Speaking of, usage notes and register labels can also challenge the lexicographer. If you can believe it, cusswords can be incredibly nuanced.  If that sounds like a ludicrous statement, please get up from your computer, find a 13-year-old, and ask them to explain the difference between “fucker,” “motherfucker,” and “mofo” to you. (Here I must tell you that the manifold glories of the F-bomb have been covered by Jesse Sheidlower in his book, The F-word, which any scholar of dirty language or ironic hipster will want to own. Now you, too, can impress a lexicographer or a 13-year-old!)  Lexicographers have different usage labels for the naughty words–my company uses vulgar and obscene–but sussing out which label to give a particular sense comes only with practice. My own, admittedly imperfect, litmus test for picking a word’s label: if I were to use this word in a sentence around my dad’s ironworker buddies and they respond with “fuck yeah!”, it’s vulgar. If I were to use this word in a sentence around my dad’s ironworker buddies and they respond by hollering, “Hey, watch your fucking mouth!”, it’s obscene.  To add to the confusion, there are always–ALWAYS–citations that use naughty words in ways that are neither vulgar nor obscene.  I swear, about 40% of the words in Trainspotting are variations on “fuck,” but only a handful of them are lexically vulgar or obscene: most of them are just used, as we say in the biz, “for intensity.” By page 6, you don’t even notice them anymore.

Once you get past the fact that you have very little evidence for a word and that you have to think long and hard about the nuances of its use, you have other, more mundane, hurdles to clear. First, it is very hard to maintain the proper sense of professional decorum when you are reading citation after citation for “numbnuts.” You may start to snicker, and then your coworkers will begin exhaling sharply and perhaps even sighing audibly–the universal signal for irritation within lexicographical  circles. Don’t worry, though: the giggles will wear off after about the first 15 citations.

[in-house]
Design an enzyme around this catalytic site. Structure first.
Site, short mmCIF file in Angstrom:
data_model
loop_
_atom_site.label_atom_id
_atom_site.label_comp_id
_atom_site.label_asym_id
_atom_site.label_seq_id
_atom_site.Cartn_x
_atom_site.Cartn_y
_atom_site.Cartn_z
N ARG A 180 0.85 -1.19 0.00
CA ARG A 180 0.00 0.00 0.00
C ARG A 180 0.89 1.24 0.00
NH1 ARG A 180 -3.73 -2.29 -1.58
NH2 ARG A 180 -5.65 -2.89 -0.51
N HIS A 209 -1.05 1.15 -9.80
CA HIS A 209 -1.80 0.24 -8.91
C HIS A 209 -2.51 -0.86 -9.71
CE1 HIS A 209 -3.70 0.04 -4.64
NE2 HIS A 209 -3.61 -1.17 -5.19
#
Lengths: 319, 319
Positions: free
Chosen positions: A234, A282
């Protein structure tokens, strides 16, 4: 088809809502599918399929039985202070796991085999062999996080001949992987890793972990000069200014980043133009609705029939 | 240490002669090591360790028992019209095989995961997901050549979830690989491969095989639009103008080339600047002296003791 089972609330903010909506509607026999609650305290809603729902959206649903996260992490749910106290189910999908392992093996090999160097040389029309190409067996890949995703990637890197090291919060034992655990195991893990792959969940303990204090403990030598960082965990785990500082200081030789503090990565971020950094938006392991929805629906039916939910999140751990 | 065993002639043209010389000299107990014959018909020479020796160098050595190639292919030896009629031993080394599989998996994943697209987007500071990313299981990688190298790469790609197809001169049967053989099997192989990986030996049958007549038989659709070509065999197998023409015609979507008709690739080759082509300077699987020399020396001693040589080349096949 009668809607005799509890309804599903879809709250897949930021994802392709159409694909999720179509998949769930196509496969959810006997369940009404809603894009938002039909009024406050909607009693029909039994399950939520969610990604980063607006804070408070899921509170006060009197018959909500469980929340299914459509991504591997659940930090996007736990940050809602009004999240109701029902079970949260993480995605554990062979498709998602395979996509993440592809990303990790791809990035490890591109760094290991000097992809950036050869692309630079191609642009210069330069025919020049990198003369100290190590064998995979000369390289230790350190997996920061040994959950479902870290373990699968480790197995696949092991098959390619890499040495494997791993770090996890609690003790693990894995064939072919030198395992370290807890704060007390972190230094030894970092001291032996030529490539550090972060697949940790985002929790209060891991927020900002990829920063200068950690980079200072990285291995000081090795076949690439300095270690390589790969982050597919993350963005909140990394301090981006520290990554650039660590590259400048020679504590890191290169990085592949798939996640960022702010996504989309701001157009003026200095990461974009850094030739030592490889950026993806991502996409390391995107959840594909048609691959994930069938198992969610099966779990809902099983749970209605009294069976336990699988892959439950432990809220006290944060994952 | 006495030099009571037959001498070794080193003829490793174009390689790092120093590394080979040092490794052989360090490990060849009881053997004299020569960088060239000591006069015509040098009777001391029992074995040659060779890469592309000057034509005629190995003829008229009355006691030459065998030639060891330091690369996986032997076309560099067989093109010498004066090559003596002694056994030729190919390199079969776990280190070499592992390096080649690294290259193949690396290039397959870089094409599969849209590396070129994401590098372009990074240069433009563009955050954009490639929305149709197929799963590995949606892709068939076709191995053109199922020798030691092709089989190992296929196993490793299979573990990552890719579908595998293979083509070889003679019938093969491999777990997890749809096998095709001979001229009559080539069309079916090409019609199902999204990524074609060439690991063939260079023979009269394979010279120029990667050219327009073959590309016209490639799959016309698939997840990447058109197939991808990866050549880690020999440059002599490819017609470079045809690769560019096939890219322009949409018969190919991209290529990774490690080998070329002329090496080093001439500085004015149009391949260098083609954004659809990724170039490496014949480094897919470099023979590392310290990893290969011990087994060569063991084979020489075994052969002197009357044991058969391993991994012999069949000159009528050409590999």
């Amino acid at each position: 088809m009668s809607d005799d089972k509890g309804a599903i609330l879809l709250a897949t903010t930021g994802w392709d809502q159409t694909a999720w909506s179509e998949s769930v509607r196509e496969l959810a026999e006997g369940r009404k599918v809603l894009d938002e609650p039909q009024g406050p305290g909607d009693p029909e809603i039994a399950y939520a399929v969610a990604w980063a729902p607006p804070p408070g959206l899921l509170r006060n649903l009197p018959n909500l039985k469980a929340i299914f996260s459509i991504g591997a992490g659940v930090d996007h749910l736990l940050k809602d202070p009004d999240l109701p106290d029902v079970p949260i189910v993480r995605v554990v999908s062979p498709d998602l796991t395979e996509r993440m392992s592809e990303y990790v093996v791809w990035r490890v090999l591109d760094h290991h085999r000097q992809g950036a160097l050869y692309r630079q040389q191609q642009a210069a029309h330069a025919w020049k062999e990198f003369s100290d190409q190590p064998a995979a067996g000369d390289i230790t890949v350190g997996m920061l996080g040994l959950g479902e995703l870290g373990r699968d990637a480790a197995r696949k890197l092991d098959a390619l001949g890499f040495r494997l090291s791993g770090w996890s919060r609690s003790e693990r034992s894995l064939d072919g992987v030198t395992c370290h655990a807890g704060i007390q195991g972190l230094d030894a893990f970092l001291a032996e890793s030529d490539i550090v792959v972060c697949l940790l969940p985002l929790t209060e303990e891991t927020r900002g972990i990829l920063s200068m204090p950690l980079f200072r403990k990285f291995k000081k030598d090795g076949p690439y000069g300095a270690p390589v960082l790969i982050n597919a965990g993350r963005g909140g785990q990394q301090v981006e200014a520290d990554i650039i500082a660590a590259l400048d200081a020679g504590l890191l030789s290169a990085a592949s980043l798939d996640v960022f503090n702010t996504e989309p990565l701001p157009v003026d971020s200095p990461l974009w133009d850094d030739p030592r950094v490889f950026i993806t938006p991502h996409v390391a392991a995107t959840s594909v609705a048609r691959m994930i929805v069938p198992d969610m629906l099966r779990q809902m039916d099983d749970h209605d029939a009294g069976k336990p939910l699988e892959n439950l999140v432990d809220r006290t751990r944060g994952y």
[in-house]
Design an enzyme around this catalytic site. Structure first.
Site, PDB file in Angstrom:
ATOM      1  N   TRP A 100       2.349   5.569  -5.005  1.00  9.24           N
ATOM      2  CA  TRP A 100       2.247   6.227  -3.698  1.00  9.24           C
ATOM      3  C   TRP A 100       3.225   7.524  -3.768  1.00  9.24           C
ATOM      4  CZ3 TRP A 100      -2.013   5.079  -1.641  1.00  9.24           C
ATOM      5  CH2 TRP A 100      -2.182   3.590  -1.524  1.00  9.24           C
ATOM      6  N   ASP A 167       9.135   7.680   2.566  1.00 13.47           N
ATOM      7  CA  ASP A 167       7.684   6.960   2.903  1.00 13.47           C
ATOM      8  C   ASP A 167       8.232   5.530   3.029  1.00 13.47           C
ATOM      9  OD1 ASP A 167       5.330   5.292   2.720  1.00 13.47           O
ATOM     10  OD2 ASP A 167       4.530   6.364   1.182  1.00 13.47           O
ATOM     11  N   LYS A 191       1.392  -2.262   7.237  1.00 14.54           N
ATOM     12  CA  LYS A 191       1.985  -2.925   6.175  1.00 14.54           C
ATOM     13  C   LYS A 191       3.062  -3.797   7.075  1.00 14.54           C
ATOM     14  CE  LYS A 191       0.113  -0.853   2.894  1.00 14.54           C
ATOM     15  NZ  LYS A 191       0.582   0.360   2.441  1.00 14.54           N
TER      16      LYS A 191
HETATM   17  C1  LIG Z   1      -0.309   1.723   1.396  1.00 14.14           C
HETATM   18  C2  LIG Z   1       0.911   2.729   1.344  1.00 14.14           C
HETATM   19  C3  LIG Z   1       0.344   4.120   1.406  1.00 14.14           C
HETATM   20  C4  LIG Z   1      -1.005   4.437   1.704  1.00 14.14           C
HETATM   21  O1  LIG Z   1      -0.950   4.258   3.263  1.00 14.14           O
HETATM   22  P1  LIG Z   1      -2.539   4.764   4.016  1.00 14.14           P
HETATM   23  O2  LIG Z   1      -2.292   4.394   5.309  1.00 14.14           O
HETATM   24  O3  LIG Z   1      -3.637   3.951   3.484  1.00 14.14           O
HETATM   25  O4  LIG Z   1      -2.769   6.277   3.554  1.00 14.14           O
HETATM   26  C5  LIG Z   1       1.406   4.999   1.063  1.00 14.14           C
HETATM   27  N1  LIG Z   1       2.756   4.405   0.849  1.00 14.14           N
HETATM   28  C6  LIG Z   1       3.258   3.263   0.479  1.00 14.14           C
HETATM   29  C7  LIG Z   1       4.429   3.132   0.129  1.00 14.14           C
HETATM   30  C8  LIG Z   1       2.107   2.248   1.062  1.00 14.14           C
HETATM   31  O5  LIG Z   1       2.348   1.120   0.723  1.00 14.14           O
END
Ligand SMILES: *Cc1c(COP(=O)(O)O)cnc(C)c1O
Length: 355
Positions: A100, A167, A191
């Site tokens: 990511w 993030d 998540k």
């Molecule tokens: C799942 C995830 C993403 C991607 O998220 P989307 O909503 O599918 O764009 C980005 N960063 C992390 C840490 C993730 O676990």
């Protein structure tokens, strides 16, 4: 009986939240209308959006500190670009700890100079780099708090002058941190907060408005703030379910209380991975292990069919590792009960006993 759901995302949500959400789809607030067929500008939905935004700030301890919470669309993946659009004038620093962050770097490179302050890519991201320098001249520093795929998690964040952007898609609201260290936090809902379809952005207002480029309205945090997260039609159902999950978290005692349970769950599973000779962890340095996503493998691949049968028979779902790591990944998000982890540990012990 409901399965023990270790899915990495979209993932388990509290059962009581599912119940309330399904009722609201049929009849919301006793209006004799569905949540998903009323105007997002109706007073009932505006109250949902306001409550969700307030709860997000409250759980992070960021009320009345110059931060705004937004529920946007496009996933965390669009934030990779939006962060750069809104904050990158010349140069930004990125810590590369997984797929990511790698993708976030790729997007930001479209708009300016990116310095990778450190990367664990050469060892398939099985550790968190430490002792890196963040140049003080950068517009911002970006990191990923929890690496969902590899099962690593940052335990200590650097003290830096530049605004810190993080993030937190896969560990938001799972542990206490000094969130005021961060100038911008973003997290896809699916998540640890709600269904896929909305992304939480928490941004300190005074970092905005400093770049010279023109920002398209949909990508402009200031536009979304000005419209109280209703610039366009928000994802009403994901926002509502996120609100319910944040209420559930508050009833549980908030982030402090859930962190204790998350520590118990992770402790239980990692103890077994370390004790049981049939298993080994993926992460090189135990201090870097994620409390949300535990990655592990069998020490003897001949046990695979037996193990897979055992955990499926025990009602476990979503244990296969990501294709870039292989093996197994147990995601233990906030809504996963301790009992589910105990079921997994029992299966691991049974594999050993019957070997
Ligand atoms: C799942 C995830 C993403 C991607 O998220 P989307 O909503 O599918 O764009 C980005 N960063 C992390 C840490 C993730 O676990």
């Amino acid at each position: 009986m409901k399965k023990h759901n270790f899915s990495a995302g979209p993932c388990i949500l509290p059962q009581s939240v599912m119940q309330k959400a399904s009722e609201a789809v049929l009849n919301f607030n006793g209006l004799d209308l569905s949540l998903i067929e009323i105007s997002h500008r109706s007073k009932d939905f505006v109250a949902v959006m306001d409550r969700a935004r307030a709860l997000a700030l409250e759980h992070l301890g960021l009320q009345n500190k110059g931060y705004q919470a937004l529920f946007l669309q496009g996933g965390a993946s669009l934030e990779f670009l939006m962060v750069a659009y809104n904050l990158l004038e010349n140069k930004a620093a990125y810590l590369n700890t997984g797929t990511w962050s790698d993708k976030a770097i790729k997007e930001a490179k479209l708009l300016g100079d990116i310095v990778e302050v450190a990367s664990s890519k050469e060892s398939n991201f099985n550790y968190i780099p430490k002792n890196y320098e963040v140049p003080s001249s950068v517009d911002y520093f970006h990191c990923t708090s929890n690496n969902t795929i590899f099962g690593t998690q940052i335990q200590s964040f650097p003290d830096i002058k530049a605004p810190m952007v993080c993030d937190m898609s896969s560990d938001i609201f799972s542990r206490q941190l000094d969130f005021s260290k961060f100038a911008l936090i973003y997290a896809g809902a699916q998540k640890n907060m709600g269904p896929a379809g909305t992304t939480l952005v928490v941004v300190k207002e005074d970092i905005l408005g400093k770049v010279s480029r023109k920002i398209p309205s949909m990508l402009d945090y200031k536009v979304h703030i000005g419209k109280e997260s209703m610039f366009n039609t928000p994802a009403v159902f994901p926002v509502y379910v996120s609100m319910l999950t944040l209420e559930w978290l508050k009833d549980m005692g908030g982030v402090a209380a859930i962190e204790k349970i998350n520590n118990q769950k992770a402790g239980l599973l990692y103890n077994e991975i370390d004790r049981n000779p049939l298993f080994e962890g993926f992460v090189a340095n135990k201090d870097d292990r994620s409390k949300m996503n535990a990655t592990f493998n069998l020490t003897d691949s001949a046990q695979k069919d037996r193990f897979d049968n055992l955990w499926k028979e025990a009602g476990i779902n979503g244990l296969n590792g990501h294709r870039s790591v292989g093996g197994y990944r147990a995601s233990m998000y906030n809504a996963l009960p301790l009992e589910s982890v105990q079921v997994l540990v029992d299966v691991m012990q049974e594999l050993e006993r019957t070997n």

Additionally, it can make for awkward watercooler conversation. I learned the hard way to append the phrase “the entry for” to any answer I gave to the question, “What are you working on?” (“Fucking. UH WHOA I MEAN…”)

The sad reality of defining naughty words is this: the definitions will never be as interesting, sparkling, or titillating as the words themselves. I was out with some friends when one of them asked me what I was working on. “Well,” I swaggered, “I just entered the adjective ‘fucking’ into the dictionary!” Everyone’s eyes grew wide with mischief and delight. “Well?” someone asked. “What’s the definition?”